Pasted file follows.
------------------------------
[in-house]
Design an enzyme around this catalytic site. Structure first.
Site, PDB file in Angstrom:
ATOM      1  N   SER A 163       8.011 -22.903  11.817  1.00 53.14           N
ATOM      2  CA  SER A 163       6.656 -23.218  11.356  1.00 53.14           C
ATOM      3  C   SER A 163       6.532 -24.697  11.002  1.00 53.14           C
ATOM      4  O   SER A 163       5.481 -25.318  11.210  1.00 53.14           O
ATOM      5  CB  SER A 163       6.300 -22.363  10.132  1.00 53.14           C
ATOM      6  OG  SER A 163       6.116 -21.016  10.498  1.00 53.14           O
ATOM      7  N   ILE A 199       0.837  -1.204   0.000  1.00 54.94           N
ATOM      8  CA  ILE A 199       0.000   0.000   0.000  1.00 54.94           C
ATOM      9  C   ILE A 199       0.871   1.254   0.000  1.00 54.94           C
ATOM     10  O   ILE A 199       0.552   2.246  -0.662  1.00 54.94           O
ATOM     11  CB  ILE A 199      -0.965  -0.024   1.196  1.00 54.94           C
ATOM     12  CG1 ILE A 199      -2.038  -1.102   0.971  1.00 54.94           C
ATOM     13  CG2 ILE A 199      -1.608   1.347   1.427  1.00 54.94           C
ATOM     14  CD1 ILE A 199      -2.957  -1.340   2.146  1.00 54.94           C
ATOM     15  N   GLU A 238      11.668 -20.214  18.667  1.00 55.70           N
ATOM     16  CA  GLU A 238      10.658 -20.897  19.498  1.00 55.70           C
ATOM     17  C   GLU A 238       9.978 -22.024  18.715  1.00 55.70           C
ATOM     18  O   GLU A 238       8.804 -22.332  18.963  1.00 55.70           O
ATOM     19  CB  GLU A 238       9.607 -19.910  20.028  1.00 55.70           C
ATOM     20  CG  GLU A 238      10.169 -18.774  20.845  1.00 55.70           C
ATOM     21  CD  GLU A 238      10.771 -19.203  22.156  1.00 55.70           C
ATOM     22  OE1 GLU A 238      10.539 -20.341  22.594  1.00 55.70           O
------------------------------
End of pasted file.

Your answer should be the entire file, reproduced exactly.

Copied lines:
[in-house]
Design an enzyme around this catalytic site. Structure first.
Site, PDB file in Angstrom:
ATOM      1  N   SER A 163       8.011 -22.903  11.817  1.00 53.14           N
ATOM      2  CA  SER A 163       6.656 -23.218  11.356  1.00 53.14           C
ATOM      3  C   SER A 163       6.532 -24.697  11.002  1.00 53.14           C
ATOM      4  O   SER A 163       5.481 -25.318  11.210  1.00 53.14           O
ATOM      5  CB  SER A 163       6.300 -22.363  10.132  1.00 53.14           C
ATOM      6  OG  SER A 163       6.116 -21.016  10.498  1.00 53.14           O
ATOM      7  N   ILE A 199       0.837  -1.204   0.000  1.00 54.94           N
ATOM      8  CA  ILE A 199       0.000   0.000   0.000  1.00 54.94           C
ATOM      9  C   ILE A 199       0.871   1.254   0.000  1.00 54.94           C
ATOM     10  O   ILE A 199       0.552   2.246  -0.662  1.00 54.94           O
ATOM     11  CB  ILE A 199      -0.965  -0.024   1.196  1.00 54.94           C
ATOM     12  CG1 ILE A 199      -2.038  -1.102   0.971  1.00 54.94           C
ATOM     13  CG2 ILE A 199      -1.608   1.347   1.427  1.00 54.94           C
ATOM     14  CD1 ILE A 199      -2.957  -1.340   2.146  1.00 54.94           C
ATOM     15  N   GLU A 238      11.668 -20.214  18.667  1.00 55.70           N
ATOM     16  CA  GLU A 238      10.658 -20.897  19.498  1.00 55.70           C
ATOM     17  C   GLU A 238       9.978 -22.024  18.715  1.00 55.70           C
ATOM     18  O   GLU A 238       8.804 -22.332  18.963  1.00 55.70           O
ATOM     19  CB  GLU A 238       9.607 -19.910  20.028  1.00 55.70           C
ATOM     20  CG  GLU A 238      10.169 -18.774  20.845  1.00 55.70           C
ATOM     21  CD  GLU A 238      10.771 -19.203  22.156  1.00 55.70           C
ATOM     22  OE1 GLU A 238      10.539 -20.341  22.594  1.00 55.70           O